As human beings, we tend to hear something that sounds plausible, and so we believe it. Or we hear something that actually sounds doubtful, but we hear it so many times that eventually we figure it must be true. And sometimes what we hear from friends (or people who are supposed to know what they’re talking about) we carry with us for a long, long time. Oftentimes believing false facts about our health doesn’t really hurt us, but usually it doesn’t help us either. Here are some exercise myths debunked – you may have heard one or two of them yourself:
1. Out Damned Spot! You may have heard that spot training, i.e. exercising certain muscles excessively to achieve optimal results, is the best way to reduce abdominal fat. The truth is, you would have to train your abs non-stop for more than 30 minutes each time, and even then it would only do a minor amount of improvement to the area. Truthfully, the best way to cut abdominal fat is to do a full-body weight workout, followed by some high intensity interval training. And like any muscle in your body, your abs should only be trained every other day – it is also a myth that you can train your abs daily. That just doesn’t make physiological sense since your abdominal muscles are the same type of muscle tissue as the rest of your body’s skeletal muscle, which you take days off from training.
2. No Sweat. Many people have believed for decades, if not longer, that sweating more while you work out will make you lose more weight. These people will wear heavy clothes while they work out, or even worse, won’t work out at all and will instead just sit in the sauna thinking that they’re burning calories. The truth is, sweating more only causes you to lose more water, which puts you in danger of being dehydrated. And replenishing the water can potentially help flush out your organs, but not nearly as well as just plain exercising and eating well. And while we’re talking about hydration, stay away from electrolyte drinks unless you’re doing a seriously heavy workout – otherwise you’re just adding unnecessary calories to your body.
3. Yoga Good? No, Yoga Bad! Okay, this feels a little like blasphemy, but the truth is that yoga isn’t for everyone. If you’re in pain, there’s probably some type of yoga you can do, but that doesn’t mean that yoga is necessarily your answer to getting relief. In fact, some poses may even exacerbate your symptoms. The best solution? If you really want to do yoga, book a private session with someone who knows how to handle injured people – they’ll be able to steer you away from the dangerous poses and towards the helpful ones.
4. Rage Against the Machine. It’s fairly commonly believed that the exercise machines at the gym are safer to use than dumbbells, barbells, exercise balls, and so on. But the truth is, unless the machine you’re using is properly adjusted for your weight and height, chances are that you could injure yourself on a machine just as easily as you would with free weights. And another potential for injury that free weights don’t have is that exercise machines have no give, that is they are fixed to a certain spot to move in a certain plane of motion. If you don’t move precisely in that plane of motion as you use the machine, you could injure yourself. A better idea? Train with someone who knows what they’re doing, or hire a personal trainer for 5 or 6 sessions to show you – it’ll be worth the money.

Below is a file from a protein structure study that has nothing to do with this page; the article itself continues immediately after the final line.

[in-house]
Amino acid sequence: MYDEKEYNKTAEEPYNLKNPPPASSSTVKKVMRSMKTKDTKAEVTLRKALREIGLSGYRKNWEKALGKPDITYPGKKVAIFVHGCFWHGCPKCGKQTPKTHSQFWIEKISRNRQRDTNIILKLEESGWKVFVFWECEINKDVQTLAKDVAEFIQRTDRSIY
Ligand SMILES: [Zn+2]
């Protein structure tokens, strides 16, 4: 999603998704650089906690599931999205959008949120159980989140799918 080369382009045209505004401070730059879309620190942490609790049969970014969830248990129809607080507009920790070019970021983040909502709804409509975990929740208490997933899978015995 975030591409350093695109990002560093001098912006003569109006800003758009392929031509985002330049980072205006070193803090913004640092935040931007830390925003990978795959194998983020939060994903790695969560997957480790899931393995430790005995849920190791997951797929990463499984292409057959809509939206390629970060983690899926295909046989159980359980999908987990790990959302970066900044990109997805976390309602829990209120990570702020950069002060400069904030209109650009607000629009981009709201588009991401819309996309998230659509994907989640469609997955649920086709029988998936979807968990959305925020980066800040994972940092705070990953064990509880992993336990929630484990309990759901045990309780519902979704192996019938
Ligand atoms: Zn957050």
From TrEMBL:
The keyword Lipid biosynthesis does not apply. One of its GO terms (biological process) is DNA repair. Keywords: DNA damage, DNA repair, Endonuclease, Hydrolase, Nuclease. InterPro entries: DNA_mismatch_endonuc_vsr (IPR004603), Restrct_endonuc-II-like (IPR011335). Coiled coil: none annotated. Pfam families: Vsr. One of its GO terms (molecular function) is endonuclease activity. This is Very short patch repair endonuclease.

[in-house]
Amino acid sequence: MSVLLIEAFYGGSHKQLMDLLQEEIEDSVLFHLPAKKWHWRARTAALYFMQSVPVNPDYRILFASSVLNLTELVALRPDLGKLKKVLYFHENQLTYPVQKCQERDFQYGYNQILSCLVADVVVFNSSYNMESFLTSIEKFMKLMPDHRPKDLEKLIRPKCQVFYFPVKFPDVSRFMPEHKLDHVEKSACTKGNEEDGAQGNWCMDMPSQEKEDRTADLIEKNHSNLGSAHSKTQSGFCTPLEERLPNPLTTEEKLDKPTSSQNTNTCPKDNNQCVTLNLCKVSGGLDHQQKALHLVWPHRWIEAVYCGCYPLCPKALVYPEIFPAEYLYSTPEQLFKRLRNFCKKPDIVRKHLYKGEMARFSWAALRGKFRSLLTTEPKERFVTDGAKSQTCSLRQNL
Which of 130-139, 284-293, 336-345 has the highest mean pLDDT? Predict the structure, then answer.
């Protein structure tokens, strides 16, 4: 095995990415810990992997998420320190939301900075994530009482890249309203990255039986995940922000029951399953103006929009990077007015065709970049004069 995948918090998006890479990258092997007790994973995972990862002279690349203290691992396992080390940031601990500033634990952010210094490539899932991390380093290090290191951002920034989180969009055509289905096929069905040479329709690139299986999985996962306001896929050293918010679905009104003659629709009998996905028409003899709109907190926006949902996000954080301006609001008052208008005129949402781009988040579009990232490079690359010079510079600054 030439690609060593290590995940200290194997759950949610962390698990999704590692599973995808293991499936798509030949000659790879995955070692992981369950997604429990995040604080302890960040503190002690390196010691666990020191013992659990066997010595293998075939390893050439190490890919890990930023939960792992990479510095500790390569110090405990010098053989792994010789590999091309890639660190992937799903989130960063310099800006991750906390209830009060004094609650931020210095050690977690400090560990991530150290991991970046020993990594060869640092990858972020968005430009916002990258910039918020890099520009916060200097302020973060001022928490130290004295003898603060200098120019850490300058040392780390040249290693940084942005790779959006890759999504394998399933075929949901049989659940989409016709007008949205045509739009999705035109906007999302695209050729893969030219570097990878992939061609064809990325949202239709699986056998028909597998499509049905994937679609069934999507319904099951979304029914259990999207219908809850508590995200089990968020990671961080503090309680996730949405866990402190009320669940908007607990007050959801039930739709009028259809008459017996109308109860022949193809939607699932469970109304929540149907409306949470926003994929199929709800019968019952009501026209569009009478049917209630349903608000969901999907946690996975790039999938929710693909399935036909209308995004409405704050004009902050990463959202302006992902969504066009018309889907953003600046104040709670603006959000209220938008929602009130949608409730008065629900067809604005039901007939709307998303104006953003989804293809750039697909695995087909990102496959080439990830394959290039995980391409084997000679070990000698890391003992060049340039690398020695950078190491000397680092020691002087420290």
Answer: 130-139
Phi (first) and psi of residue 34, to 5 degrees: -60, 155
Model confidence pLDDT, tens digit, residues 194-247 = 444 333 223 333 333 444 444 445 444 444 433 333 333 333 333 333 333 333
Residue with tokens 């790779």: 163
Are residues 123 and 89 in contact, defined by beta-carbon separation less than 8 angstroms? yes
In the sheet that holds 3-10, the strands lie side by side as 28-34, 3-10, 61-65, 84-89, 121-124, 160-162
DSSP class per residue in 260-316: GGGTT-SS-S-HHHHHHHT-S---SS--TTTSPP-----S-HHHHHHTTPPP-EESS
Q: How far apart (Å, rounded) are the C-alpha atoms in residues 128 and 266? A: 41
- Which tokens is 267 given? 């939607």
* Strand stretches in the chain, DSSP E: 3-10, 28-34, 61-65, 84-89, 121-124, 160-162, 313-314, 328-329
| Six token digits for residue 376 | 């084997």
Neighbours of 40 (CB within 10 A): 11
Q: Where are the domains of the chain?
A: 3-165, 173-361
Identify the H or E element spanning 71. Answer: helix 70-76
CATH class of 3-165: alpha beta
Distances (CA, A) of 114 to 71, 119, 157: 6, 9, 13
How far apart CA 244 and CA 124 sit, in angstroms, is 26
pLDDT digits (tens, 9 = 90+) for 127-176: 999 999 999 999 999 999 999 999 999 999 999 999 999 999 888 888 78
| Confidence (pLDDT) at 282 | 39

5. No Pain, Good Gain. Perhaps the most tenaciously held onto myth, the idea that you have to be aching, sore and generally feeling horrible the day after a workout is actually not true. Sure, some soreness is to be expected, but severe pain suggests injury, and that’s just not a safe way to exercise. It can also be a huge de-motivator! If you want to see benefits, follow a reasonable plan that doesn’t leave you feeling too sore afterwards. Then slowly build on that, giving yourself a week off every six to eight weeks. And while we’re on the subject, if it ever hurts while you’re doing the exercise, stop immediately – otherwise you might just injure yourself to a state that will keep you out of the gym for a long time.
6. Just Let Go. Stretching is an often-confused area of exercise, and it’s no wonder since there are different and sometimes adamant schools of thought on the subject. Many believe that you should stretch before exercise, and that this stretch should be held for 30 to 60 seconds at a time. Let’s tackle the former first: many studies show that stretching before a workout can lead to injury since your muscles are not warm, and at the very least does not do you any good, even if you don’t hurt yourself. The best idea is to warm up doing light movements that get your blood moving, including things like tossing a light medicine ball around. As for how long to hold a stretch, it is actually healthier for your muscles and tendons (and better as a stretch) if you do your stretches in 3-5 second holds only, repeating them 7-10 times. This is called active isolated stretching, and is a much safer and beneficial way to stretch.
7. Don’t Be Naughty! You might feel like rewarding yourself with a cheese burger and fries after a workout. Why not? You’ve earned it, right? Sure, but having exercised, even with an intense workout, cannot make up for the ingestion of several hundred calories in a meal. In fact, you can consider eating right about 80% or more of what you’re doing to get into shape. The exercise may feel like the work, but it’s the discipline with your fork that’s really going to make all the difference. Best idea? Exercise in fun ways that don’t feel like work, and take a cooking class to learn how to cook healthy meals for yourself.
By Richard Lobbenberg, BSc BHSc DAc